About Barn Find Fever

The folks behind Barn Find Fever are interested in history and story-telling. We’re a group of vintage auto enthusiasts who understand the memories that old cars and trucks can evoke.  Our goal is to develop the stories into a popular reality television series on a leading cable network. If you know of such a vehicle shuttered away, we should talk. In the meantime, we’d like to introduce our team.

MarkCreator and Executive Producer
Mark is the creator and executive producer of Barn Find Fever. He has discovered dozens of barn finds and they all make for interesting stories. Mark’s first car was a 1958 Triumph TR3, followed by a 1964 Triumph Spitfire. After discharge from the Army in 1972, he bought his first Corvette, a 1963 convertible for $1,400. He later bought a ’66 Corvette coupe in 1977. Mark and wife Mary still own and drive this classic regularly.

If Mark were a color, he would be Nassau blue, the same color as his 1966 Stingray.

Brice has had a long association with classic cars of many makes and models. For him, it started during the late 1970’s with a 1967 VW Karmen Ghia. After discharge from the Army in 1985, Brice bought a 1966 Ford mustang convertible that needed work. He restored that car to perfection. Brice eventually left the world of Ford and purchased a ’65 Corvette more than a decade ago, and often drives on Saturday mornings for Dunkin’ Donuts coffee.

If Brice were a beer he would be a “complex” and flavorful micro brew.

LindsChief Location Scout
Linds is a public school teacher in Madison, Wisconsin who shares a love for old cars and trucks with her father Mark. Linds has attended the Bloomington Gold Corvette meet many times, and has driven the family’s ’66 coupe in numerous road tours, despite the car’s lack of power steering. She’s one strong lady. She always enjoys the hunt for barn finds and is never afraid to enter a new location to ask for leads.

If Linds were in the military, she’d be a general.

DanoCreative Director
Dano is a Milwaukee-based business owner and entrepreneur who loves history and the interplay between that and vintage cars and trucks. She also cherishes the stories of how these collectible classics came to be shuttered. Dano, who enjoys the hunt for barn finds, is responsible for the Barn Find Fever logo and website. She helped her family with a laborious and messy job — stripping paint from their ’66 Corvette prior to its restoration in 2013.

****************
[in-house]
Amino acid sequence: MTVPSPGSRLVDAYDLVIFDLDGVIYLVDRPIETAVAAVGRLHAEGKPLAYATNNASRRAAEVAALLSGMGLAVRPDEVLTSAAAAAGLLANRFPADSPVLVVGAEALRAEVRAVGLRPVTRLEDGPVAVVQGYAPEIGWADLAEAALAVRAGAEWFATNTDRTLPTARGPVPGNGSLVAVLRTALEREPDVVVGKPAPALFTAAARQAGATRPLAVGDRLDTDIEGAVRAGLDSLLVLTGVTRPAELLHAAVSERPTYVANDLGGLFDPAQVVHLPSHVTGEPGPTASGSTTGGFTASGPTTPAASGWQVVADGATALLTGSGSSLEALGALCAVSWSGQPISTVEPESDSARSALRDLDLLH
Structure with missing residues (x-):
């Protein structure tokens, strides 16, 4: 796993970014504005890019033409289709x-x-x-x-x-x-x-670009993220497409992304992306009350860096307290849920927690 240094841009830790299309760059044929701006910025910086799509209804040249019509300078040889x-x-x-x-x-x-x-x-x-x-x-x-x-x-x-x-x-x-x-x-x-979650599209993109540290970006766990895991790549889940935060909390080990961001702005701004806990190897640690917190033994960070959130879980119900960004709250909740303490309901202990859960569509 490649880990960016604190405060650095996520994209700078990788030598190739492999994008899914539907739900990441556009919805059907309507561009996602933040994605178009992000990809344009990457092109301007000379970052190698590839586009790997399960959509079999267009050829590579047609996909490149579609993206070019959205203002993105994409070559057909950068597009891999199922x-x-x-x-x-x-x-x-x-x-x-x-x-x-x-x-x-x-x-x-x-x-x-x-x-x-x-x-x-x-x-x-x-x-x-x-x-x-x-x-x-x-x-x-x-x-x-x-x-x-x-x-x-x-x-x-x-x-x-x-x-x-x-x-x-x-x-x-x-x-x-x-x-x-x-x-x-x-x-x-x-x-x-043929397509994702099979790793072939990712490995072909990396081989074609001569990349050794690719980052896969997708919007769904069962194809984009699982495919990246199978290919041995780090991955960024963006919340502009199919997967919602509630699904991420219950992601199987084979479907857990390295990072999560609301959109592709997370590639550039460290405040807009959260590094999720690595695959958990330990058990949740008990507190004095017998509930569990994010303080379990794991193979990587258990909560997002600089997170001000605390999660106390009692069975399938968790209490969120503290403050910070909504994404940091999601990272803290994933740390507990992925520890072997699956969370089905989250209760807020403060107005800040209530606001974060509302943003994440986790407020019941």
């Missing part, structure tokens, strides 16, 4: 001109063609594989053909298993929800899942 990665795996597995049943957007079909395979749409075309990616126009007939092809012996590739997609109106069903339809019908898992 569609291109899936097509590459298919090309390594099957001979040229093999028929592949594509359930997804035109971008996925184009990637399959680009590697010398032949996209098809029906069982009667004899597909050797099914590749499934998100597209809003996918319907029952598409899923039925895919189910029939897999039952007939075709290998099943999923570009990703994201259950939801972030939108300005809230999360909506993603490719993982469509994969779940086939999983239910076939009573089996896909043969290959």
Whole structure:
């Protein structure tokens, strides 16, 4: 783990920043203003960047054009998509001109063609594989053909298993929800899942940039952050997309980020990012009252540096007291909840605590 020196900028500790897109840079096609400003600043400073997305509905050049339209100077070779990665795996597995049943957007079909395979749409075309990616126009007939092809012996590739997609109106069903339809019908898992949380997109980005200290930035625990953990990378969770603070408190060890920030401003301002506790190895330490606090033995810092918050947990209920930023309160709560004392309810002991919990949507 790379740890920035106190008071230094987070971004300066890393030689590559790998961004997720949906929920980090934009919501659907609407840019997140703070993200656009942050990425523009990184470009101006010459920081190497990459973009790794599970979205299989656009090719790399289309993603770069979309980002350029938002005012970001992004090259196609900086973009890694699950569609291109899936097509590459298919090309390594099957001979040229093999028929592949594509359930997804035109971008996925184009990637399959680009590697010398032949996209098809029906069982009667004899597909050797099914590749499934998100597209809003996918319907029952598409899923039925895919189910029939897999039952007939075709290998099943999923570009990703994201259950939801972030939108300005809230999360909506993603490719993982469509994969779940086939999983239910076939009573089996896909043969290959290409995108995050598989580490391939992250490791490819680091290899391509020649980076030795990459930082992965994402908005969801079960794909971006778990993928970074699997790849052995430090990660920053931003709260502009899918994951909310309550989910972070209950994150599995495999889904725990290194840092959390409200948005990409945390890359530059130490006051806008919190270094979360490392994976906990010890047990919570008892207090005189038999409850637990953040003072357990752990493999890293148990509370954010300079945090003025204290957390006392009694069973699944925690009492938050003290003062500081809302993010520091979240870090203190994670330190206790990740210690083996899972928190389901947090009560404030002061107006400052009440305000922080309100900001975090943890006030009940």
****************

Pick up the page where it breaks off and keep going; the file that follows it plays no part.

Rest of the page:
If Dano were a musician, she would play classic country music.

Gary is a retired public school teacher in Northern Illinois. Gary’s first classic was a 1962 red Chevy Impala that he owned while in junior college. A few years later, Gary bought a 1965 Corvette, one of 771 made with the Rochester fuel injection. Gary has missed only 2 Bloomington Gold shows since the event started in the early 1970s. While not polishing the Corvette, Gary enjoys volunteering and giving back to the community.

If Gary were a bicycle, he would be a 3-speed Schwinn with a banana seat.

MarkField Producer
Mark is a retired critical care flight nurse who appreciates vintage cars and trucks, and blue grass music. One of his favorite sounds is the rumble of a small-block Chevy with a ¾ race cam. He has attended many Midwest-based car shows and swap meets, a favorite being the Beloit Autorama each September sponsored by the Beloit Evening Lions Club. One of Mark’s first cars, which he wishes he had back, was a 1965 VW Karmen Ghia.

If Mark were a musical instrument, he would be a hand-crafted banjo.

Bob films, directs and edits the wonderful stories we’re uncovering during our travels across the heartland. More importantly, Bob is a long-time car nut who recently restored a 1960’s muscle car, a 1966 Oldsmobile 442 convertible. The 442 was a 10-year labor of love, filled with (not surprisingly) a myriad of set-backs. However, once driven it was clear why he persisted to see the project completed.

“If an alien, Bob were, be Yoda he would. Hmmmmmmm.”

Know of a Barn Find in Your Area? Send us a message!

Let us know as we’d like to connect with the owner to learn about the vehicle and how it came to be barn-bound.

Yes, Let’s Talk!